By William Atkinson
When it comes to educating customers about the many “unseen” benefits of awnings and shade structures, such as energy savings, fabricators have often had to speak in generalities, lacking hard data to show customers how to save actual dollars in energy costs.
The Professional Awning Manufacturers Association (PAMA) released its first energy study in 2007, with John Carmody, director of the Center for Sustainable Building Research at the University of Minnesota. In the summer of 2012, PAMA released its second energy study, entitled “PAMA Energy Study: The Impact of Energy and Peak Demand of Awnings and Roller Shades in Residential Buildings,” authored by Yu Joe Huang, White Box Technologies, Moraga, Calif.
PAMA has been actively publicizing the study, seeking to educate consumers around the country. “We have promoted it through a number of news releases, indicating that the data is available for customers to use to identify the potential energy savings they could get by installing awnings or exterior roller shades on their homes,” says Michelle Sahlin, managing director of PAMA. The study looks at 50 metropolitan areas across the U.S., meaning that most people can find a city that is nearby and represents their climatic area. Customers simply visit the PAMA website, select the city in which they live or are closest to, and then receive a five-page report on the potential energy savings that they could achieve.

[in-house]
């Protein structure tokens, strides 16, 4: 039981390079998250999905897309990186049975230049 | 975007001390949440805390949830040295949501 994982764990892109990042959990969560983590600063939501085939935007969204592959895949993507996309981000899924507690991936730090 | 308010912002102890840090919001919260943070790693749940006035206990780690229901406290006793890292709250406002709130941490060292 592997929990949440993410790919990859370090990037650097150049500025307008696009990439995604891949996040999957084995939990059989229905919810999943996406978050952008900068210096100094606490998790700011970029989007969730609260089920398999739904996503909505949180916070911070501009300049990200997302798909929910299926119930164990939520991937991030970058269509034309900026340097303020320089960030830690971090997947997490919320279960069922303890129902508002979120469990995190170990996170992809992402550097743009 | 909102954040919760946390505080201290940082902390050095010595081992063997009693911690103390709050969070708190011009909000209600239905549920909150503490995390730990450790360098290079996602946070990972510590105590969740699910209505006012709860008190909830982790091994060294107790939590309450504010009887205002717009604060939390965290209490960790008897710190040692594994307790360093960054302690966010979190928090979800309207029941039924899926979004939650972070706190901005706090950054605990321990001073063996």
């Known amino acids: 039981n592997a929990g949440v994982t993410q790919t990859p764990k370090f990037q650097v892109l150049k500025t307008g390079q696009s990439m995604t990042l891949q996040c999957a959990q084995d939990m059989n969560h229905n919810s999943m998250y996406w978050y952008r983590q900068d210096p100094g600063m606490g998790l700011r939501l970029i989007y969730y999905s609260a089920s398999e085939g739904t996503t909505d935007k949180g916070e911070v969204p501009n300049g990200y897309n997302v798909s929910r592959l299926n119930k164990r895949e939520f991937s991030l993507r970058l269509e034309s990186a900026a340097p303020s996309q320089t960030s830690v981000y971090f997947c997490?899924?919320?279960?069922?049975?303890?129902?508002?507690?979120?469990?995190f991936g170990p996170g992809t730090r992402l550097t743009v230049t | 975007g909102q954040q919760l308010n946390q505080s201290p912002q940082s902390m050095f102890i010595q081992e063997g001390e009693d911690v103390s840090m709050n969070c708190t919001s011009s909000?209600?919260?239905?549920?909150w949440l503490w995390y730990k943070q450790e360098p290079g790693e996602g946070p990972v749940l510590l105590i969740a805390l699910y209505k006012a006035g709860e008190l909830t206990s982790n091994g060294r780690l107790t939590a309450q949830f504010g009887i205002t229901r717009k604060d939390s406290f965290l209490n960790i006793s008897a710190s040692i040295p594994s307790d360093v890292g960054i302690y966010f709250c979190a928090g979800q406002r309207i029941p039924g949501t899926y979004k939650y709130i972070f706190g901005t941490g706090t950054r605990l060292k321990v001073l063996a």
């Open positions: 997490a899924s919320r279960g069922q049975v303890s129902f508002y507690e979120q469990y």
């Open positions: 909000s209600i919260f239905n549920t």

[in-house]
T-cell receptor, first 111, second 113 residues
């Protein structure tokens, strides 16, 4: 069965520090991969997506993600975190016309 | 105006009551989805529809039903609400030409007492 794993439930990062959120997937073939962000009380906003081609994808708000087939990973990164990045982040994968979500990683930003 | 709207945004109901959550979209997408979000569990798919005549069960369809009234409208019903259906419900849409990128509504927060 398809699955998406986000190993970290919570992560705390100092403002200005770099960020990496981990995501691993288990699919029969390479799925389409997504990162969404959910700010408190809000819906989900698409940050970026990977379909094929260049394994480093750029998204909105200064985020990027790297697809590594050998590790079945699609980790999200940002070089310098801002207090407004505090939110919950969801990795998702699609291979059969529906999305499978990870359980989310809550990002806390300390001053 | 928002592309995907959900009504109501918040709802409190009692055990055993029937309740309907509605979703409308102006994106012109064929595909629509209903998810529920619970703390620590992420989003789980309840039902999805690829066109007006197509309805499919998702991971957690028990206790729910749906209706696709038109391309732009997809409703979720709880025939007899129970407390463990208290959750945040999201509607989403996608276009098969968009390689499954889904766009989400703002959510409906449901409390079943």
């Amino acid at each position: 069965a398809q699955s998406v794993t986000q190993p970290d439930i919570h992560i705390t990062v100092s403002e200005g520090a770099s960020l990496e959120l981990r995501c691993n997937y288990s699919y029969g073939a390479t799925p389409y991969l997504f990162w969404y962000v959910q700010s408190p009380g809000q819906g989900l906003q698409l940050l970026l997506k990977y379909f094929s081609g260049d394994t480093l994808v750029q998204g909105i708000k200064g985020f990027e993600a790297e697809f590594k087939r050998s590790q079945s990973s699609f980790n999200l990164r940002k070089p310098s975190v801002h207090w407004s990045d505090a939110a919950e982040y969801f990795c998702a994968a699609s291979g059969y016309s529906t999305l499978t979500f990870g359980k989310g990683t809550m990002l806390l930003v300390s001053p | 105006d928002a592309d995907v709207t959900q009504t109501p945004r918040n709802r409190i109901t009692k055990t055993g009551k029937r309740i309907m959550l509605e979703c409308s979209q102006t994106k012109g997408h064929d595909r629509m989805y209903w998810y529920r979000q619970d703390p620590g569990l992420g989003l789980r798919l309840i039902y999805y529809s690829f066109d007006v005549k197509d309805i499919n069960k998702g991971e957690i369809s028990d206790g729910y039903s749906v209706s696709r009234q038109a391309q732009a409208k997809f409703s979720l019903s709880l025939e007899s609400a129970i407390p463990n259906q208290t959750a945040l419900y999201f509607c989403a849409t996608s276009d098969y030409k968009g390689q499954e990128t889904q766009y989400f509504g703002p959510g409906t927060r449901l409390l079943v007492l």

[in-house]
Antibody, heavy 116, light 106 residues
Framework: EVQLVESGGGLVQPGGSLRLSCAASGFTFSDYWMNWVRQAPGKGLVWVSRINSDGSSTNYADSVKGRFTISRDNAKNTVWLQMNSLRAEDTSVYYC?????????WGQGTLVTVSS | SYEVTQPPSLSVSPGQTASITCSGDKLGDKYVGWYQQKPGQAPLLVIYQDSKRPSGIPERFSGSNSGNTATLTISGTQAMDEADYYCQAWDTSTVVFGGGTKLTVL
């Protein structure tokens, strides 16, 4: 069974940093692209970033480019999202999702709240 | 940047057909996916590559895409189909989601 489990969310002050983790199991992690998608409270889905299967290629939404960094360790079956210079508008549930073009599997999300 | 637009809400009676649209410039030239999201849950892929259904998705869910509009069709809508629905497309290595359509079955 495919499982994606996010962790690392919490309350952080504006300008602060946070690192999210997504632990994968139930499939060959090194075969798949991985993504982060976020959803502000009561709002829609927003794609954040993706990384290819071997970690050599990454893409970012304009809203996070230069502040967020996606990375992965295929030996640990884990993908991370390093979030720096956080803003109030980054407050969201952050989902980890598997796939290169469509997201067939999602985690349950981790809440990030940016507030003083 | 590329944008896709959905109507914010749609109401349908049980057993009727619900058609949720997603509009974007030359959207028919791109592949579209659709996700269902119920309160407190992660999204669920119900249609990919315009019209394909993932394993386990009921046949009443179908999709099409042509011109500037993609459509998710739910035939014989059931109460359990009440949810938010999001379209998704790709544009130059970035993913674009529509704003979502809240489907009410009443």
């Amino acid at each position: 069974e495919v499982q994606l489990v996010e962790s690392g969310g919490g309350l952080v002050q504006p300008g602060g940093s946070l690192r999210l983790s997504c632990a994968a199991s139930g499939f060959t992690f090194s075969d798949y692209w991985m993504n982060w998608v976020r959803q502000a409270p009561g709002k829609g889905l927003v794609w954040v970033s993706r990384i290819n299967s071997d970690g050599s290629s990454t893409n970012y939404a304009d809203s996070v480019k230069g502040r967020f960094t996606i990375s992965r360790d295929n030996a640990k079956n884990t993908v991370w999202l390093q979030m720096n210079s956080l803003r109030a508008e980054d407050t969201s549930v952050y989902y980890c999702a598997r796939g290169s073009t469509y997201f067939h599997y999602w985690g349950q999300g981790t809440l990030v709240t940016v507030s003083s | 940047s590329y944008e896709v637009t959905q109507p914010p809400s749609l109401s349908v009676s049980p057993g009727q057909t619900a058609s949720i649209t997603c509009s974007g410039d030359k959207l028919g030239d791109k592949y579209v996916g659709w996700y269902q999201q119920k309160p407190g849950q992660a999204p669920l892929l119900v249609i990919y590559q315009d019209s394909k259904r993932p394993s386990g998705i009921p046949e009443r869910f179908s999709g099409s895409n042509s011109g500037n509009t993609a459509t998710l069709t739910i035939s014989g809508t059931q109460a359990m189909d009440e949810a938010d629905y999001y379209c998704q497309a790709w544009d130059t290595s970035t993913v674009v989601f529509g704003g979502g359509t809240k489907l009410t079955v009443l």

In addition to news releases, PAMA has promoted the study with e-letters to targeted influencers, including state energy agencies and associations and relevant media outlets. One target audience has been utility companies, which often provide educational information to their customers. “For example, they may send fliers to their customers explaining steps they can take to reduce their energy bills,” says Sahlin. “They may also include this information on their websites.”
Individual manufacturers may also use the study to market directly to their own customers and prospects. “We certainly do promote the study as an industry awareness piece,” says Ed Keough, senior vice president of sales and marketing for Futureguard Building Products Inc., Auburn, Maine. “We put it on our blog, and we notify our dealers about it, since we are a dealer-based manufacturer. We encourage our dealers to use this information when they are on sales calls to inform customers that there really is quantifiable data showing how much energy they can save, as well as how comfort can be improved.”
The study focuses on shade to windows and the cooling effect inside a home. “However, the bigger part of our industry from a residential point of view is patio awnings, both fixed and retractable,” says Keough. He has found that the idea of feeling cooler in the shade under an awning, although it is not a direct part of the study, relates enough so dealers can use it as an awareness and marketing tool. “In addition, if people have the patio awning open a few feet, that shading will also provide direct energy savings inside the house,” he adds. “In sum, having the study is an excellent way to at least get customers to begin to associate the two—the actual energy savings, as well as the ‘feeling cooler’ outside.”